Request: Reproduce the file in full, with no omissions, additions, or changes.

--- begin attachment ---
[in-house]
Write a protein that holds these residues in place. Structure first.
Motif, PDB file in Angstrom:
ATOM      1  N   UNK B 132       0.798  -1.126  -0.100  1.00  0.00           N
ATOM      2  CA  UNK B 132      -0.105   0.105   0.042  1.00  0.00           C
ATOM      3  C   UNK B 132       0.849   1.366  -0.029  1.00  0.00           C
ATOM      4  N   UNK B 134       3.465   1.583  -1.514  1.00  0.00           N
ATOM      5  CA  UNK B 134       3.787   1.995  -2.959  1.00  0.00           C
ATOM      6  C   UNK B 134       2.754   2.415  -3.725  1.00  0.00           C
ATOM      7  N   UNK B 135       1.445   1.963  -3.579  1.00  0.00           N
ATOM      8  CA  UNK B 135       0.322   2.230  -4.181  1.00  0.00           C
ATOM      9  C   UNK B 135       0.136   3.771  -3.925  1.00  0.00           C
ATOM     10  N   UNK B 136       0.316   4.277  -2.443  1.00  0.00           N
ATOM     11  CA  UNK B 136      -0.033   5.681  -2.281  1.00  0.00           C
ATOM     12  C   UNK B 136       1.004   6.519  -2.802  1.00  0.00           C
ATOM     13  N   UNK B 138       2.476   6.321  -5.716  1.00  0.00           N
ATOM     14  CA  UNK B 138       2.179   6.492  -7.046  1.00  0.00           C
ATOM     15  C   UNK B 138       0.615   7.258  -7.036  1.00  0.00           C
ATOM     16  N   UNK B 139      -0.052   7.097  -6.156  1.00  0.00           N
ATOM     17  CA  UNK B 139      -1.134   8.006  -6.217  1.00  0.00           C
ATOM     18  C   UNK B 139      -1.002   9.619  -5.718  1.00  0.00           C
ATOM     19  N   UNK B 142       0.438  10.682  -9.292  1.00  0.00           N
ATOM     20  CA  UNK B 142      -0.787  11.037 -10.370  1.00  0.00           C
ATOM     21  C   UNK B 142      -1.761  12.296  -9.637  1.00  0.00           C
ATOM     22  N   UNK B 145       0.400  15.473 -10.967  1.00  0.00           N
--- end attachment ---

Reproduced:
[in-house]
Write a protein that holds these residues in place. Structure first.
Motif, PDB file in Angstrom:
ATOM      1  N   UNK B 132       0.798  -1.126  -0.100  1.00  0.00           N
ATOM      2  CA  UNK B 132      -0.105   0.105   0.042  1.00  0.00           C
ATOM      3  C   UNK B 132       0.849   1.366  -0.029  1.00  0.00           C
ATOM      4  N   UNK B 134       3.465   1.583  -1.514  1.00  0.00           N
ATOM      5  CA  UNK B 134       3.787   1.995  -2.959  1.00  0.00           C
ATOM      6  C   UNK B 134       2.754   2.415  -3.725  1.00  0.00           C
ATOM      7  N   UNK B 135       1.445   1.963  -3.579  1.00  0.00           N
ATOM      8  CA  UNK B 135       0.322   2.230  -4.181  1.00  0.00           C
ATOM      9  C   UNK B 135       0.136   3.771  -3.925  1.00  0.00           C
ATOM     10  N   UNK B 136       0.316   4.277  -2.443  1.00  0.00           N
ATOM     11  CA  UNK B 136      -0.033   5.681  -2.281  1.00  0.00           C
ATOM     12  C   UNK B 136       1.004   6.519  -2.802  1.00  0.00           C
ATOM     13  N   UNK B 138       2.476   6.321  -5.716  1.00  0.00           N
ATOM     14  CA  UNK B 138       2.179   6.492  -7.046  1.00  0.00           C
ATOM     15  C   UNK B 138       0.615   7.258  -7.036  1.00  0.00           C
ATOM     16  N   UNK B 139      -0.052   7.097  -6.156  1.00  0.00           N
ATOM     17  CA  UNK B 139      -1.134   8.006  -6.217  1.00  0.00           C
ATOM     18  C   UNK B 139      -1.002   9.619  -5.718  1.00  0.00           C
ATOM     19  N   UNK B 142       0.438  10.682  -9.292  1.00  0.00           N
ATOM     20  CA  UNK B 142      -0.787  11.037 -10.370  1.00  0.00           C
ATOM     21  C   UNK B 142      -1.761  12.296  -9.637  1.00  0.00           C
ATOM     22  N   UNK B 145       0.400  15.473 -10.967  1.00  0.00           N